Site cloning allows you to quickly create a complete copy of an existing site on SpinupWP, which includes all files, the database, and server configuration (Nginx and PHP-FPM). Cloning is useful for creating staging sites or for quickly testing server configuration changes. For example, you could test upgrading your site to a newer version of PHP in an isolated manner without impacting your production site.
To clone a site, head over to the site’s settings screen and click ‘Clone Site’ in the top right corner.
This will open the site cloning wizard, where you can configure the new domain, database, and site settings (PHP version, page cache). For git-based sites, you will also be able to select the new branch to check out and modify your deploy script (if required).
When a site is cloned, the following actions are performed:
- Create new site user
- Install selected PHP version (if not already installed)
- Copy existing PHP pool config
- Find & replace the domain in the PHP pool config file
- Copy all existing Nginx config files to the new domain directory
- Find & replace the domain in all Nginx configs
- Symlink new sites-available config file
- Copy all site files (including git files) to the new domain directory
- Checkout selected branch (if git site type)
- Copy cron config (including custom cron entries)
- Find & replace the domain in cron
- Copy logrotate config
- Find & replace the domain in logrotate config
- Copy database
- Update database credentials in
- Find & replace the URL in the cloned database
- Enable HTTPS (if enabled)
- Enable the page cache (if enabled)
- Reload Nginx
- Reload PHP-FPM
After cloning a site, we recommend you test your site thoroughly and check any Nginx config files you might have added or customized.
Once a site has been cloned, it functions like any other site in SpinupWP.
Unable to update site’s wp-config.php file
If, after cloning your site, you’re presented with the following error message, you must manually update your database credentials. It’s vitally important that you manually do this, otherwise, your cloned site may be using the original site’s database. Meaning, changes made to your cloned site may impact your original site.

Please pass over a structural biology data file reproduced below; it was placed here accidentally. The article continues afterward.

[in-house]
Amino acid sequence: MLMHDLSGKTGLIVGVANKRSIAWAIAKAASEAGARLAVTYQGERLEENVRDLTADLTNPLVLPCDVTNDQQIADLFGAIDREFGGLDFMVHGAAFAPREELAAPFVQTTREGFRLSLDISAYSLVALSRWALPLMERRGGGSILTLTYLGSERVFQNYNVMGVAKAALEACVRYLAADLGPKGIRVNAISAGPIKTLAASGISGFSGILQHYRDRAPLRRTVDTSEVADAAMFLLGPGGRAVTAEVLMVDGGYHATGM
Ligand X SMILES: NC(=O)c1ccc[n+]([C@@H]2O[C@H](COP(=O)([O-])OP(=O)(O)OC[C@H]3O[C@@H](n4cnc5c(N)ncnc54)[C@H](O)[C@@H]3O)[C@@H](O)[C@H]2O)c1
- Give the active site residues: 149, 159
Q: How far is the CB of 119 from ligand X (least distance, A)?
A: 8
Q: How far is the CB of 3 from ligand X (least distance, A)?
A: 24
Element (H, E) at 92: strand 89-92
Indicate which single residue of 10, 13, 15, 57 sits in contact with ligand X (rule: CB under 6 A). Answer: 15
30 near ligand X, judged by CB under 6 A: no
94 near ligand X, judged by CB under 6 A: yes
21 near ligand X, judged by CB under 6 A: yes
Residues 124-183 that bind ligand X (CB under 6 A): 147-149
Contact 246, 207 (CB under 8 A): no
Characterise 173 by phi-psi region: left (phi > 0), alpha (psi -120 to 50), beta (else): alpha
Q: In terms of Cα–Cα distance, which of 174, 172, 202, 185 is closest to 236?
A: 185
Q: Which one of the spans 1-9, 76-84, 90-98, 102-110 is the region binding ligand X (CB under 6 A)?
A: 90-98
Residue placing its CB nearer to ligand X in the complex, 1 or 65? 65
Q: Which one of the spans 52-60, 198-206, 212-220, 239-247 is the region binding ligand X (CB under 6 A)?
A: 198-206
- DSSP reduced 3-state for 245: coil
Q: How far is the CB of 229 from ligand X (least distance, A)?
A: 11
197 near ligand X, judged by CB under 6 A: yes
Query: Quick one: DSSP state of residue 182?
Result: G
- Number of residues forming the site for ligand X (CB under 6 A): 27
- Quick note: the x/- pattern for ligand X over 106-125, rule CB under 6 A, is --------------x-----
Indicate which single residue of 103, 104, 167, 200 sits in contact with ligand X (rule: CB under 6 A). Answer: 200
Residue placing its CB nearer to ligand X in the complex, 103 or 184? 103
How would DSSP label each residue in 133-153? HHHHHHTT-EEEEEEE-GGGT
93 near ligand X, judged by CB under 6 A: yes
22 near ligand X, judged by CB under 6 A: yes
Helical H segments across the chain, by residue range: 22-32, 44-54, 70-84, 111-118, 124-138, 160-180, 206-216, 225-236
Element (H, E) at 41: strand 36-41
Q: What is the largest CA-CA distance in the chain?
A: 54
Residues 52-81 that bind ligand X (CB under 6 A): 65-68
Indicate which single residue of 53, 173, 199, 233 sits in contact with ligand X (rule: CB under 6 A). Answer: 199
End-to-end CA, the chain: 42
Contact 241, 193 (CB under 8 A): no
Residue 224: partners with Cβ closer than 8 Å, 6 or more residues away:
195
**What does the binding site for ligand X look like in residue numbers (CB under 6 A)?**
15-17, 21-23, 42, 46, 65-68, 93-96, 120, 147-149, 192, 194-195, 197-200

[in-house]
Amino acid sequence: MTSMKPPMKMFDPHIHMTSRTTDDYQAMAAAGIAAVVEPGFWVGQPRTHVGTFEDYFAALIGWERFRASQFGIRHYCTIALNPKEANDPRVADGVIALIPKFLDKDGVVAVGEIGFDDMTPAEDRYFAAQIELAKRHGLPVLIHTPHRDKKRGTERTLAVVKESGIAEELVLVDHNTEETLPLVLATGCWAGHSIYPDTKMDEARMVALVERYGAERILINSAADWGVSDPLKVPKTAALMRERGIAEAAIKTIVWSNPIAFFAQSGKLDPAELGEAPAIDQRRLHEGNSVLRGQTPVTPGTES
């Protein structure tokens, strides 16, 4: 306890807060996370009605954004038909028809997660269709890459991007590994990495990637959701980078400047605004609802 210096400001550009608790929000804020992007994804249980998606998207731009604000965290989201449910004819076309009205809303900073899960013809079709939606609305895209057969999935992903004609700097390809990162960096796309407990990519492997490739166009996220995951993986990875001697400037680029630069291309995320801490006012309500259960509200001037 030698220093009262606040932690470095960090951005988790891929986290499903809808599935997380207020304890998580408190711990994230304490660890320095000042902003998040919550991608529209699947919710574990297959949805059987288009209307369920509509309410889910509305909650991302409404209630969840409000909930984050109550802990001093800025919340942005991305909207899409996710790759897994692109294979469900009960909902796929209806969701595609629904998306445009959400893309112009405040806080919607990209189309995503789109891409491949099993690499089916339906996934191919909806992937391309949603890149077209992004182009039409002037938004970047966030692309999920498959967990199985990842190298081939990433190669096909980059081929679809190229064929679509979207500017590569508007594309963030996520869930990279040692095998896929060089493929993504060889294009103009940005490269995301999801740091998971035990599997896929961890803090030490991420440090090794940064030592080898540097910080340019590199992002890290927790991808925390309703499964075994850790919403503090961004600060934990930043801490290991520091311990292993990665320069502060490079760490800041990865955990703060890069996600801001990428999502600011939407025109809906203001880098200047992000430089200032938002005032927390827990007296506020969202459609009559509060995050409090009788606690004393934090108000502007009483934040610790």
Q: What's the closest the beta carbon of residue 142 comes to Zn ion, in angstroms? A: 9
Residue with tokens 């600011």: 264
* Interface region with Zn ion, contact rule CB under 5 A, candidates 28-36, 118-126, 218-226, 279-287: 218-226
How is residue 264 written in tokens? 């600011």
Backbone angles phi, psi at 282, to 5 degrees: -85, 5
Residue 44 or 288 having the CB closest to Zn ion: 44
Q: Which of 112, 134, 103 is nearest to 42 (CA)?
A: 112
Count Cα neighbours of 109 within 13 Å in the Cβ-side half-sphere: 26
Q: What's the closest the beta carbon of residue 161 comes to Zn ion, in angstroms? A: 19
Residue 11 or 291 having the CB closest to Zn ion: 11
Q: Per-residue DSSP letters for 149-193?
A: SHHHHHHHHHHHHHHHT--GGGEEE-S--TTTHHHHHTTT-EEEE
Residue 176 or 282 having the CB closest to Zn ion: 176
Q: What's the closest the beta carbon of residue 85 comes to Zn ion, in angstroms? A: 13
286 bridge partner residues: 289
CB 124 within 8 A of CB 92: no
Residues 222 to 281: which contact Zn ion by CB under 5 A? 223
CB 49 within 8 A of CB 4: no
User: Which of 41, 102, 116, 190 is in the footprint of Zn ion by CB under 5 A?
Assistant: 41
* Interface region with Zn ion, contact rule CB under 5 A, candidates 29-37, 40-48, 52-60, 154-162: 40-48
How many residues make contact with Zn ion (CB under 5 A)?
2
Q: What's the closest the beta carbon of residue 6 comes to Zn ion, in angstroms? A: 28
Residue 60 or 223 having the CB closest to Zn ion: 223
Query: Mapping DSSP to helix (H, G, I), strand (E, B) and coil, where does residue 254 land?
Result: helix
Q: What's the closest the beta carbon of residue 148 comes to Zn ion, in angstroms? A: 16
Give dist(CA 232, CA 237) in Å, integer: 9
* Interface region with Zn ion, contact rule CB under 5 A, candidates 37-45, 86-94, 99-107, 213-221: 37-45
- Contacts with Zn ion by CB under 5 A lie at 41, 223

SpinupWP will try to determine where your database credentials are stored. For most sites, this will be your
wp-config.php file. However, for git-based sites, it’s common to use a
When attempting to update your database credentials, SpinupWP will first look for a
.env file in your site’s files directory (
/sites/DOMAIN/files/.env). If this file exists, SpinupWP will look for a
DB_NAME environment variable. If a
.env file is found but no
DB_NAME environment variable exists, SpinupWP will show the above error message. Using SSH or SFTP, you will need to update your
.env file to reflect the new database credentials.
DB_NAME='cloned_database_name' DB_USER='cloned_database_user' DB_PASSWORD='database_password'
If your site does not have a
.env file, SpinupWP will recursively search your site’s PHP files (excluding
setup-config.php) for the
DB_NAME constant. If more than one match is found, SpinupWP will show the above error message. Using SSH or SFTP, you will need to update your
wp-config.php file to reflect the new database credentials.
// ** MySQL settings - You can get this info from your web host ** // /** The name of the database for WordPress */ define( 'DB_NAME', 'cloned_database_name' ); /** MySQL database username */ define( 'DB_USER', 'cloned_database_user' ); /** MySQL database password */ define( 'DB_PASSWORD', 'database_password' );
Once you’ve updated your database credentials, we recommend that you perform a find and replace on the cloned database. This will ensure that your links are updated to reflect the new domain name. You can use WP-CLI to do this:
wp search-replace '//old_url' '//new_url' --network wp cache flush